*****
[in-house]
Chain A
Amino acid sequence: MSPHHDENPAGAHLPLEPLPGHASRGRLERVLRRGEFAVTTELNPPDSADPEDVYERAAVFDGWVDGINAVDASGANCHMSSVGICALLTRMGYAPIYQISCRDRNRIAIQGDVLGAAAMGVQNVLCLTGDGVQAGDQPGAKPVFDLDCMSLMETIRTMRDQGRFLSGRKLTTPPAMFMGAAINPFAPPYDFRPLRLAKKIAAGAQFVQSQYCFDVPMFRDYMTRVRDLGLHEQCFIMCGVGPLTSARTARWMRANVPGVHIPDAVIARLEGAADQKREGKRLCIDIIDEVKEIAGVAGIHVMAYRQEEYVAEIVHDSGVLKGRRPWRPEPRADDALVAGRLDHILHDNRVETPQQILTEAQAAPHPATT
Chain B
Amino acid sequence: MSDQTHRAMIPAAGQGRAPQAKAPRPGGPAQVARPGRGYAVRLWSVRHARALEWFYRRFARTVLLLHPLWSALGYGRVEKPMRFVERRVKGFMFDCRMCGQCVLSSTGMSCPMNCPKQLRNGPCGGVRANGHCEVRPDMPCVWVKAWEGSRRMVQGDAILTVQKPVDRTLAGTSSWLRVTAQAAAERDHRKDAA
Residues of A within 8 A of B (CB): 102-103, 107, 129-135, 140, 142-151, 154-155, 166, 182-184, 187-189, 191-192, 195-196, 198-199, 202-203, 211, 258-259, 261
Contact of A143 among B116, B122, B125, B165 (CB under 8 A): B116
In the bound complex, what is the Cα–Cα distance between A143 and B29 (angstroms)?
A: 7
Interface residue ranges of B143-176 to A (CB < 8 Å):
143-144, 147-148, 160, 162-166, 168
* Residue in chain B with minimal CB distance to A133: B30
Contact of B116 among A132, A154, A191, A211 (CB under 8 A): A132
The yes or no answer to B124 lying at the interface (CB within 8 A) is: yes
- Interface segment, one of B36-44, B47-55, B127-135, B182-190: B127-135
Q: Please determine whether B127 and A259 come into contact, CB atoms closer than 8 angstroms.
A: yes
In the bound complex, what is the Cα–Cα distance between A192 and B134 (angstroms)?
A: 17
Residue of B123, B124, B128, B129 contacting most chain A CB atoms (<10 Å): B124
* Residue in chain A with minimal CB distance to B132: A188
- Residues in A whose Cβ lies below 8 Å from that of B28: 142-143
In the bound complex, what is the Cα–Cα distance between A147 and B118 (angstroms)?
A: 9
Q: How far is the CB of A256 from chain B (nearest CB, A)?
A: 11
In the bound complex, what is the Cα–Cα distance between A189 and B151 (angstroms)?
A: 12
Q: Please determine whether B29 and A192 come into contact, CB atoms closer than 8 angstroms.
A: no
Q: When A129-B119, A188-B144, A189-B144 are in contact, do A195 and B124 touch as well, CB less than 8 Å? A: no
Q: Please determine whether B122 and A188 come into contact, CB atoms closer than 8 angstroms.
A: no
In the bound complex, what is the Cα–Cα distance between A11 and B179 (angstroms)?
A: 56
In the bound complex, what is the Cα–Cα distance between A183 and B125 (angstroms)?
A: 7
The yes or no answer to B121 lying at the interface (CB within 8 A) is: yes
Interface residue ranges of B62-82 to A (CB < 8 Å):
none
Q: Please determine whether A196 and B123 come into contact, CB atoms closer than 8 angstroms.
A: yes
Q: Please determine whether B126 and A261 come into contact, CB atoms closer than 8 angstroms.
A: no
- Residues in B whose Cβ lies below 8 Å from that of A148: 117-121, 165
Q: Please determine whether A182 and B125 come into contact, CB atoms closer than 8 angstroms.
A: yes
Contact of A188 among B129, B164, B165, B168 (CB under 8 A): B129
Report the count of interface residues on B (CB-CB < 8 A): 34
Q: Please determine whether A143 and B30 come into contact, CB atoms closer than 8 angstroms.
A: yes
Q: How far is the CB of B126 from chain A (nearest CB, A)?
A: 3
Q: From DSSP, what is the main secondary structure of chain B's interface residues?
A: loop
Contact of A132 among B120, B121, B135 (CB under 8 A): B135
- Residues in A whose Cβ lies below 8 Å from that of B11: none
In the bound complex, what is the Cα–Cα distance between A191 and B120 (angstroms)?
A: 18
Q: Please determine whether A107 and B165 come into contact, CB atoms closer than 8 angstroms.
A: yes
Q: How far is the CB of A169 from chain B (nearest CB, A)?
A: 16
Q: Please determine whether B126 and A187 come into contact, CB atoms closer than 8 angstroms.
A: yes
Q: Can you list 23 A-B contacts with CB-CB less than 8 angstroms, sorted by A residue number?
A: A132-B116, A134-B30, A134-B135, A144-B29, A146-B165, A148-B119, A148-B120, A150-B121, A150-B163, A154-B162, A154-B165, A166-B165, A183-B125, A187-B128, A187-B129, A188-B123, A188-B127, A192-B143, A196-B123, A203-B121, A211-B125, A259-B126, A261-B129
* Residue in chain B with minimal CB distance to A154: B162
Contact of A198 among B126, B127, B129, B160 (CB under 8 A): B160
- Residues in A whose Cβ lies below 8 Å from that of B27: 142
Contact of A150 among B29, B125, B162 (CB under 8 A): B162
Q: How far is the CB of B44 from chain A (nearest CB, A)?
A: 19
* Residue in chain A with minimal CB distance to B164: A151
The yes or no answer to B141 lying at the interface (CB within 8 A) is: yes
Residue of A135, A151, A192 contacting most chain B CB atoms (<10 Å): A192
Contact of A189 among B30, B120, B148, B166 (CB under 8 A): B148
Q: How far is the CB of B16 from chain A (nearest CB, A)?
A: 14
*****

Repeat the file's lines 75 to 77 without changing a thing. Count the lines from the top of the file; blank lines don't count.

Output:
The yes or no answer to B141 lying at the interface (CB within 8 A) is: yes
Residue of A135, A151, A192 contacting most chain B CB atoms (<10 Å): A192
Contact of A189 among B30, B120, B148, B166 (CB under 8 A): B148